Free Your Space: Use It or Lose It

It can be a challenge to keep on
top of our stock of supplies, especially those things that are used in the
background of our busy lives.
While we run to keep up with kids, new gadgetry and demanding jobs, we grab
new products along the way, push the old stuff to the back and, before we know
it, our cupboards are overflowing with “I-don’t-know-what.”

Seasonal clean-outs are cyclical
opportunities to address some of the ‘stuff’ of our lives that have outlived
their expiration dates. “Spring
Cleaning” is a perfect time to go through some of our familiar-yet-forgotten
supplies. To name a few:
cosmetics, medications and spices are some accoutrements of our daily
lives. And, while these staples
can last a long time, they rarely last forever and require an occasional review
to curtail and maintain our collections.

Did you know that makeup and
lotions have expiration dates?
Sometimes we collect extra cosmetics because of a good sale, a one-time
whim or phase, or because we receive samples. After a while, it’s easy to forget exactly what we have and
even where we have it. To address
this issue, set up a staging area - a made-bed with a towel (not your favorite)
laid out to absorb any leaks. Then
go on a treasure hunt. Check
bedroom and bathroom drawers and cabinets to find all your makeup, lotions, and
perfumes and gather them to your stage.

Begin by weeding out the items
that you know you will never use again:

If it’s been
opened, toss it in the trash.

If still
sealed, check the expiration date to decide if you will pass it on or throw it

Check the expiration dates of
the keepers before returning them to their containers. If you can’t find the date, this
website will help:

Prescription drugs or over the
counter, it is important to go through you stock of medications at least
annually. It can be confusing and
dangerous to keep medications around that no longer work for you or are not
compatible with your other meds.
Clear the kitchen table and empty out all your medications from one
cabinet. (Unlike toiletries, it is
best to tackle these items one area at a time so as not to mix any medications
up). Dispose of the drugs that
have expired and the ones that you are no longer supposed to be taking -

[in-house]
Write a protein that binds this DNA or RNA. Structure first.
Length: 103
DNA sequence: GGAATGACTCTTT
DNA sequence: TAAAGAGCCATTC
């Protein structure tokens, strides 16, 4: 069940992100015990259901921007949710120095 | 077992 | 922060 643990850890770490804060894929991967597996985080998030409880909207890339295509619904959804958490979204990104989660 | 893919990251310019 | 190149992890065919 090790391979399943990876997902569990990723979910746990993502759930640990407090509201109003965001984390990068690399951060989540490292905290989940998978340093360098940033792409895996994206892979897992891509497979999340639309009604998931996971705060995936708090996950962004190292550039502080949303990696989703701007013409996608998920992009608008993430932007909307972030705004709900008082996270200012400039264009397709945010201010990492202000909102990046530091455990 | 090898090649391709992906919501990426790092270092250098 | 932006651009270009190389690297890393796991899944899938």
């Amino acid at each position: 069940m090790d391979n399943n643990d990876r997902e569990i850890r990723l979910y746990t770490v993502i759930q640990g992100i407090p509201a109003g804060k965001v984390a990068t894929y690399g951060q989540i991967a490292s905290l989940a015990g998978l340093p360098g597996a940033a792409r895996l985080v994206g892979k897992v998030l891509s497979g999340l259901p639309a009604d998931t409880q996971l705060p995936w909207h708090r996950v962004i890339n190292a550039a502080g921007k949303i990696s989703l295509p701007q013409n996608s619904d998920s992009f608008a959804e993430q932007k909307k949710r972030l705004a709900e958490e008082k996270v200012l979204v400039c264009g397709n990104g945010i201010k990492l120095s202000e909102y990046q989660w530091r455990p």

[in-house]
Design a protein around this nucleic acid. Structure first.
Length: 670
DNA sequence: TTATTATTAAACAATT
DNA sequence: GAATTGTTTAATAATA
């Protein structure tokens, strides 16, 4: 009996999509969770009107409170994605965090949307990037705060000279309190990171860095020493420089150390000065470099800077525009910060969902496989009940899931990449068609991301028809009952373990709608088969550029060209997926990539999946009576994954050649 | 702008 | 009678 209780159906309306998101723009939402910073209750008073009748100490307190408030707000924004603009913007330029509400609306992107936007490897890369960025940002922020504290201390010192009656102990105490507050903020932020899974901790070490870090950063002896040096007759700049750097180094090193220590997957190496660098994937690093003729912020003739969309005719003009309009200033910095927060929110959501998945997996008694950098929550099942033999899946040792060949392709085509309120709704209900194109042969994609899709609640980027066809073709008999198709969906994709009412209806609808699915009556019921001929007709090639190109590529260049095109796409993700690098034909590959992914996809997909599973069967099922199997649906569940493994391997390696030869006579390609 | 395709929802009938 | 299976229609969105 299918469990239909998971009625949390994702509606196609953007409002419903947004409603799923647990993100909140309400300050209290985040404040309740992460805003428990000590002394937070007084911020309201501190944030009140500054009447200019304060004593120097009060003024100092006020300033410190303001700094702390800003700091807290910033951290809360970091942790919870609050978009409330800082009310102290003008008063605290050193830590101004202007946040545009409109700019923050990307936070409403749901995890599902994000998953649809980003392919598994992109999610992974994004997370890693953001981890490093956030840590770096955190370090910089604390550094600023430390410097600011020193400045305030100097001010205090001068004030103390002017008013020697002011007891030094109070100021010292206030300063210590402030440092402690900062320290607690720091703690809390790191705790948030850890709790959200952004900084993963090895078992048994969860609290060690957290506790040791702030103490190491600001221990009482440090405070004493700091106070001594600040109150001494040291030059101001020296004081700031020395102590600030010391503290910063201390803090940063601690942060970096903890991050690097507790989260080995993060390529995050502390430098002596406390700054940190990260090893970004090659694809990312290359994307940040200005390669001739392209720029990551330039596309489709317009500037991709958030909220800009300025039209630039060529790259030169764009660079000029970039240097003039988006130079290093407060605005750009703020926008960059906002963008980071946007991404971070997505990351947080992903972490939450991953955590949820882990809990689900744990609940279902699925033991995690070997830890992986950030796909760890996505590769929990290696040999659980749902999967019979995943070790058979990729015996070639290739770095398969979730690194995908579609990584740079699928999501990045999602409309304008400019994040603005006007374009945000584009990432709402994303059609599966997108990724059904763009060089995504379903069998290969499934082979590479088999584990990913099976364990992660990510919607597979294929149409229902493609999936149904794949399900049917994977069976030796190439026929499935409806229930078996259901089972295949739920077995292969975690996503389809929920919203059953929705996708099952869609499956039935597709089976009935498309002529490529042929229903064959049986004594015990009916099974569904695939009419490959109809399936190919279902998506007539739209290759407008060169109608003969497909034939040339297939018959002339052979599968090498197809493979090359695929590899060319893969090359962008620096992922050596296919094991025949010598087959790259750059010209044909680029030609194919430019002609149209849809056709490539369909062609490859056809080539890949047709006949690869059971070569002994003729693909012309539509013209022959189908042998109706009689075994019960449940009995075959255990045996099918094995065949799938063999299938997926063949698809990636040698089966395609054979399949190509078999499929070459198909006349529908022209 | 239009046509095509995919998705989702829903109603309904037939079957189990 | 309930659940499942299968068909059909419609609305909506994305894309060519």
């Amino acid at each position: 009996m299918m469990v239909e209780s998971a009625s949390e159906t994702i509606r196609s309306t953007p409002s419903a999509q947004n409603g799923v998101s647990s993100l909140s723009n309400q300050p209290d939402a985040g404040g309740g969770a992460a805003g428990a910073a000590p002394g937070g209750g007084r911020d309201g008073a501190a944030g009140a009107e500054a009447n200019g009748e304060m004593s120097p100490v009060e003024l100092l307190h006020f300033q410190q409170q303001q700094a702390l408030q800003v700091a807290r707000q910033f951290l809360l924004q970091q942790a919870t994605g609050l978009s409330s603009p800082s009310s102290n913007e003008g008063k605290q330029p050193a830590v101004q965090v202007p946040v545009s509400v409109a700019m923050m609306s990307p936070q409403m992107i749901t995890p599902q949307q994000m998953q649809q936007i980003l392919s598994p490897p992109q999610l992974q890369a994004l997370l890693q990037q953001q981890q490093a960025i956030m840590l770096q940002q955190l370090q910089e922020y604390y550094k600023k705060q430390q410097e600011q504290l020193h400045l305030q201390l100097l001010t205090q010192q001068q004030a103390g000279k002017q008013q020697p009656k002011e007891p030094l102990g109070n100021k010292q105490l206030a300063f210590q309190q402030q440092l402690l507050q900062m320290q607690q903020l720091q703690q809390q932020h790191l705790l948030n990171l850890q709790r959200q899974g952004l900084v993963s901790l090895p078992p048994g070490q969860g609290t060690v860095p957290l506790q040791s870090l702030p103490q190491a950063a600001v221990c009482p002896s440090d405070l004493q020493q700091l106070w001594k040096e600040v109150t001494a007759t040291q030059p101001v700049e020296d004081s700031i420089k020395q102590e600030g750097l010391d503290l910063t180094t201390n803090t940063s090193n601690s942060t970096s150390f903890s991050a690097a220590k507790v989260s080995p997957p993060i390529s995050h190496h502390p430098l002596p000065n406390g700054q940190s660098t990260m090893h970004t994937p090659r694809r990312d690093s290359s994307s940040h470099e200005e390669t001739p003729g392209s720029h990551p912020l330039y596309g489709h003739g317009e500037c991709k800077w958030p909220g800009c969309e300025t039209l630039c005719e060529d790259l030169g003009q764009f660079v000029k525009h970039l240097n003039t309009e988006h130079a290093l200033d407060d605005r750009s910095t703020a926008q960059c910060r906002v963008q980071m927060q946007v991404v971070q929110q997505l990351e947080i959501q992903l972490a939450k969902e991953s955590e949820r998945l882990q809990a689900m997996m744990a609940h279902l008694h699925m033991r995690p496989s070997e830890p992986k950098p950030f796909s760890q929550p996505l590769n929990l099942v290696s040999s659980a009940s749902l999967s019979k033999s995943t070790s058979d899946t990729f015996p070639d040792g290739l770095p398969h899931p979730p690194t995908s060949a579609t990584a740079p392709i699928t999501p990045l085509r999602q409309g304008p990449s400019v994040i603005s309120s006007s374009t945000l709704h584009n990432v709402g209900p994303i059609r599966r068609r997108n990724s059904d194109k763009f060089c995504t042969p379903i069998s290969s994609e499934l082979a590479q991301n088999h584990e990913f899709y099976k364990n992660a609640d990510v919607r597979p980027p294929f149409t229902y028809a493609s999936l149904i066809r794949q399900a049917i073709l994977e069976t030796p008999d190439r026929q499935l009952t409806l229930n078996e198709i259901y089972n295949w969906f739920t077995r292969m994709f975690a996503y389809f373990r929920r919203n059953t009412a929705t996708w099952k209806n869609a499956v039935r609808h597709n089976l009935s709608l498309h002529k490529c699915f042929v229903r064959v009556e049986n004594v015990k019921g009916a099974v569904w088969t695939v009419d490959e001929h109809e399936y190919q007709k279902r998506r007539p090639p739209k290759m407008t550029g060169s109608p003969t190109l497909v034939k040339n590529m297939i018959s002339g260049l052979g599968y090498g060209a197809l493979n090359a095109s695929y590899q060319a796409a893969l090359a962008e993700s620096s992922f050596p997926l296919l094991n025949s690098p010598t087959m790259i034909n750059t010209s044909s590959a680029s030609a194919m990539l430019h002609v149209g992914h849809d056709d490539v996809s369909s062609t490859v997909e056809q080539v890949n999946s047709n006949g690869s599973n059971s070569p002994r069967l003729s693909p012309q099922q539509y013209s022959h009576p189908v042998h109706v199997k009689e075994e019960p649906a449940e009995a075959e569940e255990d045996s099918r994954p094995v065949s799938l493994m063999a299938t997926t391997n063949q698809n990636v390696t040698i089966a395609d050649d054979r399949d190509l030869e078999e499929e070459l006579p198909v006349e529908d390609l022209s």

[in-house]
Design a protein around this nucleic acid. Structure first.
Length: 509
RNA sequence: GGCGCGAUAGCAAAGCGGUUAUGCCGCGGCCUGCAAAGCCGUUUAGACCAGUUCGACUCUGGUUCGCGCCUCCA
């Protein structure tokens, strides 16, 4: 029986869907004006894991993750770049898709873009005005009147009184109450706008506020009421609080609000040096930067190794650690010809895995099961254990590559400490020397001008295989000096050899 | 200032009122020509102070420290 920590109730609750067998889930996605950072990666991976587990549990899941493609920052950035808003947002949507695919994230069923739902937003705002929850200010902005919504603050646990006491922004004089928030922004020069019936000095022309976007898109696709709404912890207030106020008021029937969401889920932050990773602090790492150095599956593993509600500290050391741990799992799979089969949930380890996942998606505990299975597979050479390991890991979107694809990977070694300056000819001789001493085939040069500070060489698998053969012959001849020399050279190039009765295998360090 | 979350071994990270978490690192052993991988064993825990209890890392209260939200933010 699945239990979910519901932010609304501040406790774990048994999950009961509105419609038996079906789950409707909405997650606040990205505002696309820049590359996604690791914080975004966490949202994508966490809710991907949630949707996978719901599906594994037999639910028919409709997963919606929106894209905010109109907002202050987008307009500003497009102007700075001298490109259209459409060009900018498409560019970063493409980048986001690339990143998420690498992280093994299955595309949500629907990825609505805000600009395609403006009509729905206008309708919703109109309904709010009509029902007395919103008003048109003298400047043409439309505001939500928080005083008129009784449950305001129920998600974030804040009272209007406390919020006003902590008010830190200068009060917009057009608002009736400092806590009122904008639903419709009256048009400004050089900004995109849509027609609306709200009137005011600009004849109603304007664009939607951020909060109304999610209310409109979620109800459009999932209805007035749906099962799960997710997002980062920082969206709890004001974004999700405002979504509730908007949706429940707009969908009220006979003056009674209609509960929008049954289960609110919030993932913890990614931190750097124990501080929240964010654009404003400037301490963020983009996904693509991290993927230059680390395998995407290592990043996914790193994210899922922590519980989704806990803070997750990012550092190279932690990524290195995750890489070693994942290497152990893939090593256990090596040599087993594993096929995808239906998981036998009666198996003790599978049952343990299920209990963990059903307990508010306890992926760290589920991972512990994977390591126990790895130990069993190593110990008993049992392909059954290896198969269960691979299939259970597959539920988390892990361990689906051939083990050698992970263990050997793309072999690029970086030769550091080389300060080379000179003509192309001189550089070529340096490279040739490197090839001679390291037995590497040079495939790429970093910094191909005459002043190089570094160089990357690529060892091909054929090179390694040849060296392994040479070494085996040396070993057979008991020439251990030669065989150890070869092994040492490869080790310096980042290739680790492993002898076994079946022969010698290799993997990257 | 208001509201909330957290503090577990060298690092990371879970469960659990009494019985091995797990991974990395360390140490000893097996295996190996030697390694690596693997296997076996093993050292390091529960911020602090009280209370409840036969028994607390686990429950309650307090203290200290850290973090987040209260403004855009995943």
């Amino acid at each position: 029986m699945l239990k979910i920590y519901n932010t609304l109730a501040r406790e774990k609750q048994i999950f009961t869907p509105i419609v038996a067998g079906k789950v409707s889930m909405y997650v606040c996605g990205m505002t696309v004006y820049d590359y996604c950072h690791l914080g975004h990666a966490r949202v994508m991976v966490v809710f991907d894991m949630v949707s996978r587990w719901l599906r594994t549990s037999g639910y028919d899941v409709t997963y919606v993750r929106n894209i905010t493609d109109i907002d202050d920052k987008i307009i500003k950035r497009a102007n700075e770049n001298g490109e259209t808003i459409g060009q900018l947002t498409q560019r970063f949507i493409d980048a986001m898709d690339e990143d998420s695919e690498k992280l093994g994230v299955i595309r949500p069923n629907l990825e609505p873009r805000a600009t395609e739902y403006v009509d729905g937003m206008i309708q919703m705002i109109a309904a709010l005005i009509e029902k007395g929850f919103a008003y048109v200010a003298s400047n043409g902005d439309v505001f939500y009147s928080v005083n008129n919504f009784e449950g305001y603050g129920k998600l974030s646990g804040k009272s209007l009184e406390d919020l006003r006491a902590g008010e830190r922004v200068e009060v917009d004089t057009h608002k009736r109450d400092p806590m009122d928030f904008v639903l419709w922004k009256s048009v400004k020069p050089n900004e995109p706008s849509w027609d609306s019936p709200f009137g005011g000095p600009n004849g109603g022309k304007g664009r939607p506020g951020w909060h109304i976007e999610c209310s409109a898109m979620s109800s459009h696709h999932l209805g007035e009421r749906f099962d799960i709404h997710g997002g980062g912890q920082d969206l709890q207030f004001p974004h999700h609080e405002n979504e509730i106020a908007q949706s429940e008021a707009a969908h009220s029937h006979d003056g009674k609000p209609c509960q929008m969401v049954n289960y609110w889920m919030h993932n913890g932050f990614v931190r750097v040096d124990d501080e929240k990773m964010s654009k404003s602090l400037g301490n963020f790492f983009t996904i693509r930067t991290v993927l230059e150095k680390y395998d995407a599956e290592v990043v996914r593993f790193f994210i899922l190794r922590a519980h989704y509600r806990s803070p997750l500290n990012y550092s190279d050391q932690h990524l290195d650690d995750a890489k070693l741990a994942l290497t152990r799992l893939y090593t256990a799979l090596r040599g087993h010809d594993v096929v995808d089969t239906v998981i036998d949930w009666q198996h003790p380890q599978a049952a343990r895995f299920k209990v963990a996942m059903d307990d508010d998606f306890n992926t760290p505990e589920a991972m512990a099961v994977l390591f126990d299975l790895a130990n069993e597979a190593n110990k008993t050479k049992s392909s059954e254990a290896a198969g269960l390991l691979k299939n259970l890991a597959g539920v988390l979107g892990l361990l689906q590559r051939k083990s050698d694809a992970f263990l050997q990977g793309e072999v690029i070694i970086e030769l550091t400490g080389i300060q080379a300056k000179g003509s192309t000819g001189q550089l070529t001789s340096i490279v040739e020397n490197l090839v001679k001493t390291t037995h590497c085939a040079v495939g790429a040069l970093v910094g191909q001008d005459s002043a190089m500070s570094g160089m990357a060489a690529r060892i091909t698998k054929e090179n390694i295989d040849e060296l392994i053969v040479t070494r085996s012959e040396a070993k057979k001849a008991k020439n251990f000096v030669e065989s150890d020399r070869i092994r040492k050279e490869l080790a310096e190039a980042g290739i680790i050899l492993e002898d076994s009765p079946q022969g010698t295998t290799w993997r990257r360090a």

expired or not. Return the drugs
you will keep to their cabinet, keeping over-the-counter drugs separate. As for the rejects, it is important to
be responsible about their disposal.
Many medications have safe disposal methods posted right on the
containers. Some medications are
flushable. Others can be thrown in
the trash after mixing them with coffee grinds or kitty litter first (to ensure
that some unsuspecting animal or child does not consume them). Protect yourself by removing any
identifying labels before discarding the container. Visit the FDA
website for more about safe drug disposal and the DEA
website to find out about prescription drug “Take Back Days” in your community.

Whether you’re an avid gourmet
chef, a casual Rachel Ray, or the microwave queen of the east coast, I’ll bet
you have a few spices in your kitchen.
And, unless you are a college student just starting out, I’d also bet
that they’ve been there for a few years.
This is okay since most spices have a shelf life of up to five years. As you can see I said five, not fifty. Ok, so they’re sitting there not hurting anyone – big
deal. Well they are also taking up
lots of cupboard space that could possibly be better used for getting some of
your more current inventory off the countertops. Also, just because you
haven’t touched them in years, that doesn’t mean that they’ve remained
untouched. Spices are edible and
if you’re not going to eat them, there may be a bug or two that would be happy
to help (trust me on this, I know).
Some of the spice companies have guidelines as to how long a spice is
good for on their websites. Some
containers are marked with expiration dates. Here are a couple of quick decision makers:

If it’s in a little rectangular tin can (with
the exception of black pepper), throw it out. Those cans have not been made since the 90’s.

If you haven’t used it at all in five years,
throw it out. If you finally find
a recipe that calls for it, why would you want to risk ruining your creation
with something gone bad?

For more information about how
long to keep your spices visit the McCormick
website or

* To contact Annette Reyman for
organizing work, productivity support, gift certificates or speaking
engagements in the Greater Philadelphia area call (610) 213-9559 or email her
Reyman is a member of the National Association of Professional Organizers
(NAPO®) and Board Member of its Greater
Philadelphia Chapter
Visit her website at
or follow All Right Organizing on Facebook.

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